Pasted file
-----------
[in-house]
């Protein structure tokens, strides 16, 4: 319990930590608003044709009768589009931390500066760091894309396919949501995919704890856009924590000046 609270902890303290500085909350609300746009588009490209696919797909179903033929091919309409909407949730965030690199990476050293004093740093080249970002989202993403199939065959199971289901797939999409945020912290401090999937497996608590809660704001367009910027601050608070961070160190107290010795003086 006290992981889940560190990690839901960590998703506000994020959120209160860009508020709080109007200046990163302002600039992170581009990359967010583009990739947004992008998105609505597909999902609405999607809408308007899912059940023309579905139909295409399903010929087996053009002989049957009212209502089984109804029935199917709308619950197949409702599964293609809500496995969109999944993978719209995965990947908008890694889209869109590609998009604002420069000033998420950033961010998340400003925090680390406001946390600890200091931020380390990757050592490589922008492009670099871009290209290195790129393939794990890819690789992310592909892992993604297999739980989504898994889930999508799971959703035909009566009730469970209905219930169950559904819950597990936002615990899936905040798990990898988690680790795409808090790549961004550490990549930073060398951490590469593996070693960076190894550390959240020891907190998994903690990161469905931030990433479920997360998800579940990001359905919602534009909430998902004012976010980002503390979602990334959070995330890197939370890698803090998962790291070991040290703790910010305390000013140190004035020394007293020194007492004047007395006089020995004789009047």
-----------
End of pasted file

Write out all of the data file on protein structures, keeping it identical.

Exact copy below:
[in-house]
């Protein structure tokens, strides 16, 4: 319990930590608003044709009768589009931390500066760091894309396919949501995919704890856009924590000046 609270902890303290500085909350609300746009588009490209696919797909179903033929091919309409909407949730965030690199990476050293004093740093080249970002989202993403199939065959199971289901797939999409945020912290401090999937497996608590809660704001367009910027601050608070961070160190107290010795003086 006290992981889940560190990690839901960590998703506000994020959120209160860009508020709080109007200046990163302002600039992170581009990359967010583009990739947004992008998105609505597909999902609405999607809408308007899912059940023309579905139909295409399903010929087996053009002989049957009212209502089984109804029935199917709308619950197949409702599964293609809500496995969109999944993978719209995965990947908008890694889209869109590609998009604002420069000033998420950033961010998340400003925090680390406001946390600890200091931020380390990757050592490589922008492009670099871009290209290195790129393939794990890819690789992310592909892992993604297999739980989504898994889930999508799971959703035909009566009730469970209905219930169950559904819950597990936002615990899936905040798990990898988690680790795409808090790549961004550490990549930073060398951490590469593996070693960076190894550390959240020891907190998994903690990161469905931030990433479920997360998800579940990001359905919602534009909430998902004012976010980002503390979602990334959070995330890197939370890698803090998962790291070991040290703790910010305390000013140190004035020394007293020194007492004047007395006089020995004789009047």